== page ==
Google announced today that it’s offering yet another transportation mode to its robust Google Maps tool set. Now bicyclists will be able to get turn-by-turn directions in the familiar Google style that drivers, pedestrians and transit users have grown accustomed to. In addition, a new graphical layer has been added that overlays bike trails, lanes and recommended roads onto the map.
A quick glance at the new bicycling overlay really drives home L.A.’s lack of bicycle infrastructure, especially in central L.A. There’s no legend on the map, but Google’s blog informs us that dark green lines indicate a dedicated bike trail (like the Venice Bike Path), light green lines indicate dedicated bike lanes, and dashed green lines indicate streets that are preferred for biking but lack dedicated lanes. Sad but true: L.A.’s got a whole lot of roads without any sort of green line.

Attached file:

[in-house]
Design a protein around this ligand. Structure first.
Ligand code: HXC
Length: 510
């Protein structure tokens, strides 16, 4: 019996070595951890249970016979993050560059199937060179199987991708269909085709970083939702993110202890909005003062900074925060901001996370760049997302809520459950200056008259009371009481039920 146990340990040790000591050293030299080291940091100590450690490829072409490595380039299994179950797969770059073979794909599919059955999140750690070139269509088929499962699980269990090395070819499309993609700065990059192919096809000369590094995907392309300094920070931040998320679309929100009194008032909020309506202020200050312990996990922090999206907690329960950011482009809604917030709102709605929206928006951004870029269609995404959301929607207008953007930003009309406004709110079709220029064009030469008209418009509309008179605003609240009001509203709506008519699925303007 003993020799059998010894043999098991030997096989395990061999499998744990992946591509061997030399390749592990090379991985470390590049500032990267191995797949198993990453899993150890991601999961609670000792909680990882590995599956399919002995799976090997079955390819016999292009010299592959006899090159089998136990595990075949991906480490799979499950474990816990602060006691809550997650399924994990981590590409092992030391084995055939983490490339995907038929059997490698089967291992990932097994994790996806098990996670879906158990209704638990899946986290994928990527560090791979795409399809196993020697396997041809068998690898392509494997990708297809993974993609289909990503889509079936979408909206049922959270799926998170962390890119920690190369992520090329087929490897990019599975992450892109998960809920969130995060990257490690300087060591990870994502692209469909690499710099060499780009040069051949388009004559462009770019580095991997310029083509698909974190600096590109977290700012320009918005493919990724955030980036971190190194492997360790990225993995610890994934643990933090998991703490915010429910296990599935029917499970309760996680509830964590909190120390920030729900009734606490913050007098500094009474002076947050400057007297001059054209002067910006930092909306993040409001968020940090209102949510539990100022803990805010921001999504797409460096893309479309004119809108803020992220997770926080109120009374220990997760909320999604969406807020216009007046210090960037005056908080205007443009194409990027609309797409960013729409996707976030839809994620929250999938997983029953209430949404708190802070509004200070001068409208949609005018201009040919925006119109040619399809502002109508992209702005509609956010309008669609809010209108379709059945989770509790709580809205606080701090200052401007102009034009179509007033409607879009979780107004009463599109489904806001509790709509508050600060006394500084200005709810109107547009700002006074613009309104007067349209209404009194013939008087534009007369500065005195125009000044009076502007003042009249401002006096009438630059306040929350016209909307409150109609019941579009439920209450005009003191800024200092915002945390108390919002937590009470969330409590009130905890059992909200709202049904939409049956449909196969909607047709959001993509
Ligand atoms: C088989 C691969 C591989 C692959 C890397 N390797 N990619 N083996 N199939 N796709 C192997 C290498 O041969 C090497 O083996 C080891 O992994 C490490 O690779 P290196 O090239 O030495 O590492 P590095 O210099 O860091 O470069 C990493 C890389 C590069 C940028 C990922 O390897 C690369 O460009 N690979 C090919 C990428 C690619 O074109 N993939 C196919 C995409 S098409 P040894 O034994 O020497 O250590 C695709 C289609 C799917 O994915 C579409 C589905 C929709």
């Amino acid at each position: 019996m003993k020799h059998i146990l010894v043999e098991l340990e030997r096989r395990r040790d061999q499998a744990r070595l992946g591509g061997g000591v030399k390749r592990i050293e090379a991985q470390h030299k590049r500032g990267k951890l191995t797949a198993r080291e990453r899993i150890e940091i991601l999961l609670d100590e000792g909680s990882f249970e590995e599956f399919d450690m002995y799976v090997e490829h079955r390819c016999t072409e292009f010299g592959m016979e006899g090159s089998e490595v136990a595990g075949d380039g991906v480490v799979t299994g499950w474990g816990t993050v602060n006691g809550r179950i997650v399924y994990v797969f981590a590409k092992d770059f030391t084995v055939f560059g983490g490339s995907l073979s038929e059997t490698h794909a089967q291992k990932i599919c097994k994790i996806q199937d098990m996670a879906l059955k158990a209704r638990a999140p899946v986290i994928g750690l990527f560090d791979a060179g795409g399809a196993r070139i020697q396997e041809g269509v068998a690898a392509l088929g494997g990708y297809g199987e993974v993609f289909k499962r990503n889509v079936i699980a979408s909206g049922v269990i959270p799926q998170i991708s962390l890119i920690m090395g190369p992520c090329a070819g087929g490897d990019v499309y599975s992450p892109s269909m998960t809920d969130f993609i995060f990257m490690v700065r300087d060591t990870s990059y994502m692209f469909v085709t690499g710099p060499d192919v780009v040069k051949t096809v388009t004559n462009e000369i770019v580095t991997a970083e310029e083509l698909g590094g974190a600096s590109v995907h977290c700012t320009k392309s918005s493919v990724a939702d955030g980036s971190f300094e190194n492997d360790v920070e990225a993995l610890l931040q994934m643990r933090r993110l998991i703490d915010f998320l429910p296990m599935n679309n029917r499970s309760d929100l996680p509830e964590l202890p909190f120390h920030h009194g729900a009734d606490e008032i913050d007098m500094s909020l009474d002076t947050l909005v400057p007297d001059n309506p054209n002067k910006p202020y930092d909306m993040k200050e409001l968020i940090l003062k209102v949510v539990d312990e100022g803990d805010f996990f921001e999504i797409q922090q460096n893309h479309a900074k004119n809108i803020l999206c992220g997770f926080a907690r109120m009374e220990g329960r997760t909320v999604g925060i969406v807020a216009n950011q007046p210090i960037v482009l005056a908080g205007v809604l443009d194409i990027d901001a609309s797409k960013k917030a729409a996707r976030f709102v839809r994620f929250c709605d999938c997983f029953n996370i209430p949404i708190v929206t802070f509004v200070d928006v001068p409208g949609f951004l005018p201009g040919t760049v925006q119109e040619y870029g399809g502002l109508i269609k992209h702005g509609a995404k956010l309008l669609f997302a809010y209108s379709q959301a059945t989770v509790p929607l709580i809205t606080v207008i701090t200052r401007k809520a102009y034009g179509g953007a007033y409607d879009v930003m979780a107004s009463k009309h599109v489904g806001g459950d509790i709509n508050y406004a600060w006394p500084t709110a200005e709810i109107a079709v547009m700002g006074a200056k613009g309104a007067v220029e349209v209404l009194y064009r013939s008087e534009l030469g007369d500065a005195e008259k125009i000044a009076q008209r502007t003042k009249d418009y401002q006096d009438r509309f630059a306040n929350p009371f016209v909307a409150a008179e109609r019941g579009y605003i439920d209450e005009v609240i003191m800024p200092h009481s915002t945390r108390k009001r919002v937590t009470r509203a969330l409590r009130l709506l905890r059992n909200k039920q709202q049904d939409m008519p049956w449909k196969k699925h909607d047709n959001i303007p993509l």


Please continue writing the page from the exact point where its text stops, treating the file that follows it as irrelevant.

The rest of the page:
The algorithm Google uses to figure out bicycling directions takes into account these different preferred bike paths and goes out if its way to make sure bicyclists avoid busy roads and intersections as well as steep uphill and downhill slopes. Nifty.
Of course, Google is clear to point out that bike directions are still in beta, so don’t expect the perfect route every time. It should serve as a good guide, especially when combined with the overlay layer. Things I’d love to see Google implement in the future? Bike parking locations and directions that combine bicycling and public transit.